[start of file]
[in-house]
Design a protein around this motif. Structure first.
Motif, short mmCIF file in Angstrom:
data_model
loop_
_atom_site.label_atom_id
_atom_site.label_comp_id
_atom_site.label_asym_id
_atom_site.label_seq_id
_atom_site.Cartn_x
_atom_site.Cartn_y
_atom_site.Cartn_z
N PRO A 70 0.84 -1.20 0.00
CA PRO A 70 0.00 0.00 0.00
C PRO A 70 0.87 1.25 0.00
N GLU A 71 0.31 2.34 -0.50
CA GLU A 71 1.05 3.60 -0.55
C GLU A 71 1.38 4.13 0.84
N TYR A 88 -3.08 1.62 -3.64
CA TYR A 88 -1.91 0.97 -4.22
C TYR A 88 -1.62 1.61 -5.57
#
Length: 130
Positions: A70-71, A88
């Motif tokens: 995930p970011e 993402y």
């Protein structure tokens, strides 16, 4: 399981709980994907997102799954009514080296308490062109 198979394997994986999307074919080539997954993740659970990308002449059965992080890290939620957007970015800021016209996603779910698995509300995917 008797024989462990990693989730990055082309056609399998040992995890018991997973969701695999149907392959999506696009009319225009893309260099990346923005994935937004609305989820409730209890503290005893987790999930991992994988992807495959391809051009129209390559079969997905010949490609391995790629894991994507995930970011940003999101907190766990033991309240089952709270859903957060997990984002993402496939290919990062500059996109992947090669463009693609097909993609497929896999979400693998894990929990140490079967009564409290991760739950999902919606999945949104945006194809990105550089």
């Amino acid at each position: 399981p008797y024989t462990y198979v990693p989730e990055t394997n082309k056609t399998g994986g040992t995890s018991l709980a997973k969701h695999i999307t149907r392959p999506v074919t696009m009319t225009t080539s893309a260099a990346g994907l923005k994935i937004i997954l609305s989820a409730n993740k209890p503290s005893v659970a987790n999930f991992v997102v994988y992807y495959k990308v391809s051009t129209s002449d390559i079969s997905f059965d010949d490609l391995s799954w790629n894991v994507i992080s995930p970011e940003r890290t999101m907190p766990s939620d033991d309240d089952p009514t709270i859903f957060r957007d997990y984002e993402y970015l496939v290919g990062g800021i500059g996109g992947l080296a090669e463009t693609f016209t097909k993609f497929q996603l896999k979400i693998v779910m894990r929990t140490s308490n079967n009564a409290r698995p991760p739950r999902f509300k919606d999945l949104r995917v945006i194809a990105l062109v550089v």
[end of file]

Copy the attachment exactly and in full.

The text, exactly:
[in-house]
Design a protein around this motif. Structure first.
Motif, short mmCIF file in Angstrom:
data_model
loop_
_atom_site.label_atom_id
_atom_site.label_comp_id
_atom_site.label_asym_id
_atom_site.label_seq_id
_atom_site.Cartn_x
_atom_site.Cartn_y
_atom_site.Cartn_z
N PRO A 70 0.84 -1.20 0.00
CA PRO A 70 0.00 0.00 0.00
C PRO A 70 0.87 1.25 0.00
N GLU A 71 0.31 2.34 -0.50
CA GLU A 71 1.05 3.60 -0.55
C GLU A 71 1.38 4.13 0.84
N TYR A 88 -3.08 1.62 -3.64
CA TYR A 88 -1.91 0.97 -4.22
C TYR A 88 -1.62 1.61 -5.57
#
Length: 130
Positions: A70-71, A88
């Motif tokens: 995930p970011e 993402y």
């Protein structure tokens, strides 16, 4: 399981709980994907997102799954009514080296308490062109 198979394997994986999307074919080539997954993740659970990308002449059965992080890290939620957007970015800021016209996603779910698995509300995917 008797024989462990990693989730990055082309056609399998040992995890018991997973969701695999149907392959999506696009009319225009893309260099990346923005994935937004609305989820409730209890503290005893987790999930991992994988992807495959391809051009129209390559079969997905010949490609391995790629894991994507995930970011940003999101907190766990033991309240089952709270859903957060997990984002993402496939290919990062500059996109992947090669463009693609097909993609497929896999979400693998894990929990140490079967009564409290991760739950999902919606999945949104945006194809990105550089």
């Amino acid at each position: 399981p008797y024989t462990y198979v990693p989730e990055t394997n082309k056609t399998g994986g040992t995890s018991l709980a997973k969701h695999i999307t149907r392959p999506v074919t696009m009319t225009t080539s893309a260099a990346g994907l923005k994935i937004i997954l609305s989820a409730n993740k209890p503290s005893v659970a987790n999930f991992v997102v994988y992807y495959k990308v391809s051009t129209s002449d390559i079969s997905f059965d010949d490609l391995s799954w790629n894991v994507i992080s995930p970011e940003r890290t999101m907190p766990s939620d033991d309240d089952p009514t709270i859903f957060r957007d997990y984002e993402y970015l496939v290919g990062g800021i500059g996109g992947l080296a090669e463009t693609f016209t097909k993609f497929q996603l896999k979400i693998v779910m894990r929990t140490s308490n079967n009564a409290r698995p991760p739950r999902f509300k919606d999945l949104r995917v945006i194809a990105l062109v550089v």